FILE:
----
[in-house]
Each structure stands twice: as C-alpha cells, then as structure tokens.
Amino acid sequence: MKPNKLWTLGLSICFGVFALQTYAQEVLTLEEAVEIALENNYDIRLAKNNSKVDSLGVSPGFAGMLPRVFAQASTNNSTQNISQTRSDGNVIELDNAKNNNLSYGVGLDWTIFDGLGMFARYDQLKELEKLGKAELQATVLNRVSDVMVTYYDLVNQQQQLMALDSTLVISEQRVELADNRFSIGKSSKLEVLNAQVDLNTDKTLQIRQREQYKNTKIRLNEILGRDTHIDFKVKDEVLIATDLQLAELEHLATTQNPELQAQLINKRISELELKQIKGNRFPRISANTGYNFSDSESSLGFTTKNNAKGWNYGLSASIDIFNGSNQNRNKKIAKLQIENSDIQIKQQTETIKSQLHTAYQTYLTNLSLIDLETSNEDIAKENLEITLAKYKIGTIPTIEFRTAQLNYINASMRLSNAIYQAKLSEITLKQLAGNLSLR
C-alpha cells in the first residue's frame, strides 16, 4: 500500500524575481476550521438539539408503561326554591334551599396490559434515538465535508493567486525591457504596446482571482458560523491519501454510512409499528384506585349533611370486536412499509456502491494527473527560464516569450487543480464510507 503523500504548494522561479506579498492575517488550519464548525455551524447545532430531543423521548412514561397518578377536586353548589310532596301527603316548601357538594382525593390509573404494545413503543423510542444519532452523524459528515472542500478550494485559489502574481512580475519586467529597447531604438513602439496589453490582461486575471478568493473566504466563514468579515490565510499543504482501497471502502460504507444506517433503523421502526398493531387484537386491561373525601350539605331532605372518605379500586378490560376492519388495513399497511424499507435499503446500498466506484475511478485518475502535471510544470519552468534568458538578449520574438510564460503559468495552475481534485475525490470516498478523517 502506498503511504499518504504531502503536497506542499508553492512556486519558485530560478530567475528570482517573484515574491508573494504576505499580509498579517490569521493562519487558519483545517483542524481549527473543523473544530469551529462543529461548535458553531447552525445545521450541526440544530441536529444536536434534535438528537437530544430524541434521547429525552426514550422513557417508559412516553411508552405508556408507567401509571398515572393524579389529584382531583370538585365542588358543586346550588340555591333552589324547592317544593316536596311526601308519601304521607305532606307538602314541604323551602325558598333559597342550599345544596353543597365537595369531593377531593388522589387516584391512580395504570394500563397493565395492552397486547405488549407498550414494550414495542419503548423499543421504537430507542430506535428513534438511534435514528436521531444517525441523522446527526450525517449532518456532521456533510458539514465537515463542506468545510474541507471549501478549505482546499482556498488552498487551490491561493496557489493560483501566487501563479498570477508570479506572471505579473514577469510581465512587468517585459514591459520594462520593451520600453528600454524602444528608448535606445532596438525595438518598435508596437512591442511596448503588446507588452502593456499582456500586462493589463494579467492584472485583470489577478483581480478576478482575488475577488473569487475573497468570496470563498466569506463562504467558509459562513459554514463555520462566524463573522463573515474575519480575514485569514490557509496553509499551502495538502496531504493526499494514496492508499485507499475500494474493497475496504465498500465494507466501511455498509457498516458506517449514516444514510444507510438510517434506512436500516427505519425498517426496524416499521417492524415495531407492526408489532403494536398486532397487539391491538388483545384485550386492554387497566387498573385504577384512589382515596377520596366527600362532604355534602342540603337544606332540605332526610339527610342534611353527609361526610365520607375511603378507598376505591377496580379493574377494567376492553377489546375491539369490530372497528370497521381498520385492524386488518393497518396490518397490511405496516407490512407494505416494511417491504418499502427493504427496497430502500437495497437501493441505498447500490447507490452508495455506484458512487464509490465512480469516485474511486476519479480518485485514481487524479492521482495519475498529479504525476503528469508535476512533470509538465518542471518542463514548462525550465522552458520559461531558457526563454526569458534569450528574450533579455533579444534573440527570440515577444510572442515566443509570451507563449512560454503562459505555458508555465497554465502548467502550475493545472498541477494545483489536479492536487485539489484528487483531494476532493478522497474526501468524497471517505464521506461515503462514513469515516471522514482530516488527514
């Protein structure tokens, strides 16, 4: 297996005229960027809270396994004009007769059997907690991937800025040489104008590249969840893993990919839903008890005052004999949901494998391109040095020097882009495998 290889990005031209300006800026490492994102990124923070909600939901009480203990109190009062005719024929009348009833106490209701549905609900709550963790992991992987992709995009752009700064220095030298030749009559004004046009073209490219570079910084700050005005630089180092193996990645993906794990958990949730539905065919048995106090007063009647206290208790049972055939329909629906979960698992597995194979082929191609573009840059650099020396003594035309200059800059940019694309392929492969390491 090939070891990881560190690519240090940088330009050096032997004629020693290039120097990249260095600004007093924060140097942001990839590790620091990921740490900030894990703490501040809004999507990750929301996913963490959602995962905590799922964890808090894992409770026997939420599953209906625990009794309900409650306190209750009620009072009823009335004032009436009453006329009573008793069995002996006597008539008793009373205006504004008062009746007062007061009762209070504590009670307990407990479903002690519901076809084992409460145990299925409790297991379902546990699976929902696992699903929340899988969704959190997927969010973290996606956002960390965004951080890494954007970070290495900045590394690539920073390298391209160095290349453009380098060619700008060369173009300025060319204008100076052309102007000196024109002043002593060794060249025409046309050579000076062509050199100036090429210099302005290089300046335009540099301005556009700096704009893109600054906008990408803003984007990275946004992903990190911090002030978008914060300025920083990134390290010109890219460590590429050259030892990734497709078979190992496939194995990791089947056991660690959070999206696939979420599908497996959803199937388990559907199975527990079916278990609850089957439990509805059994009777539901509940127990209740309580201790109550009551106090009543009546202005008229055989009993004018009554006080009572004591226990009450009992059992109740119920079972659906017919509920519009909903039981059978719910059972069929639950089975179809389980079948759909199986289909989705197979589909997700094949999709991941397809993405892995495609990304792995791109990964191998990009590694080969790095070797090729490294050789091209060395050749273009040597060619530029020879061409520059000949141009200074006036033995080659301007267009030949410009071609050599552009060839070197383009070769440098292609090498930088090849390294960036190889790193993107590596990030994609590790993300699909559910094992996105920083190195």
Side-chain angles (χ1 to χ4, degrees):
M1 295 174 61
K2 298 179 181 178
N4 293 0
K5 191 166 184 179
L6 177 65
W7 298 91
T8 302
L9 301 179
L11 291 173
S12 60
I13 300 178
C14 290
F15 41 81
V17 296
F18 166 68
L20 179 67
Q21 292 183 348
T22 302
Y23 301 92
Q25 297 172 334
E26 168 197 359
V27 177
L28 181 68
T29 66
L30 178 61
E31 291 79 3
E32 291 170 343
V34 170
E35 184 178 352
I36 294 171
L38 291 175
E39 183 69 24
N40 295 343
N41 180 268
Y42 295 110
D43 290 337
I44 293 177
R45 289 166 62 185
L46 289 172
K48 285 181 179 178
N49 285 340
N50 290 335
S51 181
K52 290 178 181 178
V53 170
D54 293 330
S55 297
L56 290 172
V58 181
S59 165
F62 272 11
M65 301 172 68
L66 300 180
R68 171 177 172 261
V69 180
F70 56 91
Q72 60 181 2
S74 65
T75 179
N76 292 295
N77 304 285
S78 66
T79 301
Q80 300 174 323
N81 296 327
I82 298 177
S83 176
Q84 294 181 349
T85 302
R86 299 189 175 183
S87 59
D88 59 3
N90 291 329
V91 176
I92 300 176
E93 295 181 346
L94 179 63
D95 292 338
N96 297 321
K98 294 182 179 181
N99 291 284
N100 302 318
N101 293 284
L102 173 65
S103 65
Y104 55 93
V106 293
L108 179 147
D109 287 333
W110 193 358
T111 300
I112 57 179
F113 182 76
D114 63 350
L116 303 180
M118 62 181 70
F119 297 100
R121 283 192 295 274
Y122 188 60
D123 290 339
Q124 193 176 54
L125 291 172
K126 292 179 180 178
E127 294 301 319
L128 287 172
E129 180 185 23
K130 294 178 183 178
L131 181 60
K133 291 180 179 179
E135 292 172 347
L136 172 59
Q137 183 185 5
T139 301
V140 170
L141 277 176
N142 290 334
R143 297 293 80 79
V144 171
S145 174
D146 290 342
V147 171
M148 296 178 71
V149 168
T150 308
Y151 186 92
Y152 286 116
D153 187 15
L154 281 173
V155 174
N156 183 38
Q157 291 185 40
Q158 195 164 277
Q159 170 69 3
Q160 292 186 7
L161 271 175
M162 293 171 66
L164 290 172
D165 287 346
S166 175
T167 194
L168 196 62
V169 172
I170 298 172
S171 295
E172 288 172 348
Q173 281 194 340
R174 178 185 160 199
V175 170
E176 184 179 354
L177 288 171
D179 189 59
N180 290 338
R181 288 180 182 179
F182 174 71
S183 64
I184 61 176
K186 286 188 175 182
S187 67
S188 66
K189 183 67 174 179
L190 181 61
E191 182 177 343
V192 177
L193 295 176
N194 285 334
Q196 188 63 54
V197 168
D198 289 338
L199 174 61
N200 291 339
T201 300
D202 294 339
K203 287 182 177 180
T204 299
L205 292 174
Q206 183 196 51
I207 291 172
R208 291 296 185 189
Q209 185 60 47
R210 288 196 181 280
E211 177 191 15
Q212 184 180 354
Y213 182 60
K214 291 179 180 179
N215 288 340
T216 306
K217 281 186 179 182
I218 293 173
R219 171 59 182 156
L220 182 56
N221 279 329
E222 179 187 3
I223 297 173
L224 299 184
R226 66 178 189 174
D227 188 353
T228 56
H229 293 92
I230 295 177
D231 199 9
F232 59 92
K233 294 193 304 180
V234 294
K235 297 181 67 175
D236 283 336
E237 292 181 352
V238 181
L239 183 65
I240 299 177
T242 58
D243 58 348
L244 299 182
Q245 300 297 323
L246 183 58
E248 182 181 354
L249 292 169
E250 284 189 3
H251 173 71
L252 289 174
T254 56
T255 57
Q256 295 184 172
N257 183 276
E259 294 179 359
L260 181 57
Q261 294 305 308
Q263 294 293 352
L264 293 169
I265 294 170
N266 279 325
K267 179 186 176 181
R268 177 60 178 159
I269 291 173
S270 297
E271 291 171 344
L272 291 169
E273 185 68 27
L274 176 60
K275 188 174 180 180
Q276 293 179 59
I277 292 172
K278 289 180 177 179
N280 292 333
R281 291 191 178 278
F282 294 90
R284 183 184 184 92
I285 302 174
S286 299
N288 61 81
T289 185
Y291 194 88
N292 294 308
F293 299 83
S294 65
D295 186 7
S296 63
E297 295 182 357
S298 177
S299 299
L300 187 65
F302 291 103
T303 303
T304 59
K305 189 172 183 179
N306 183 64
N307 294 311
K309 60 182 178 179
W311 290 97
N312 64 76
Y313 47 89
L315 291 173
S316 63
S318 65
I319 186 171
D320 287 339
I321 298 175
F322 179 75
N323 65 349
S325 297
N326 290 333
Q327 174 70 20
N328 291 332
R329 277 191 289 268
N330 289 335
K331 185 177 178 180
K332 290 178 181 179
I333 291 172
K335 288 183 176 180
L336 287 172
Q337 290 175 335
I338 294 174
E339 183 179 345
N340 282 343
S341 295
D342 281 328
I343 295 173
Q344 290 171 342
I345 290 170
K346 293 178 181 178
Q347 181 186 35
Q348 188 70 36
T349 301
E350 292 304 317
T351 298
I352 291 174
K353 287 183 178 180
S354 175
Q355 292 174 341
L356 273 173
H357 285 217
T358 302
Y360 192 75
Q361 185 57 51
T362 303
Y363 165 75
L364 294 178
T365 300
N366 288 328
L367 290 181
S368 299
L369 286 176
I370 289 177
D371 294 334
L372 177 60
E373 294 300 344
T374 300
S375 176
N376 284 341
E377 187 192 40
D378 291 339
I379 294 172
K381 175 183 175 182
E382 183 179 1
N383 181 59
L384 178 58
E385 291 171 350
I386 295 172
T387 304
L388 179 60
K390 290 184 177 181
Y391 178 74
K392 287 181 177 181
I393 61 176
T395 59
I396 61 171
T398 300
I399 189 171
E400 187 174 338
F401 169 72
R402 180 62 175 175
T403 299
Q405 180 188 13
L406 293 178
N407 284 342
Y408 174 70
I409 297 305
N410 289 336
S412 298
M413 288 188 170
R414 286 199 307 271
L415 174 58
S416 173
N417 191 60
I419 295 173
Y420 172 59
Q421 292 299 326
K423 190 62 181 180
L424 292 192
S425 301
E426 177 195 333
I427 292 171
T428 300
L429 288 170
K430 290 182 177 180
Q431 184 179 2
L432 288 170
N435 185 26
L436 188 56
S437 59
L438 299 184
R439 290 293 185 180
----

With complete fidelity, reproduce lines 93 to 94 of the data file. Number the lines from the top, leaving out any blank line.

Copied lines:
V106 293
L108 179 147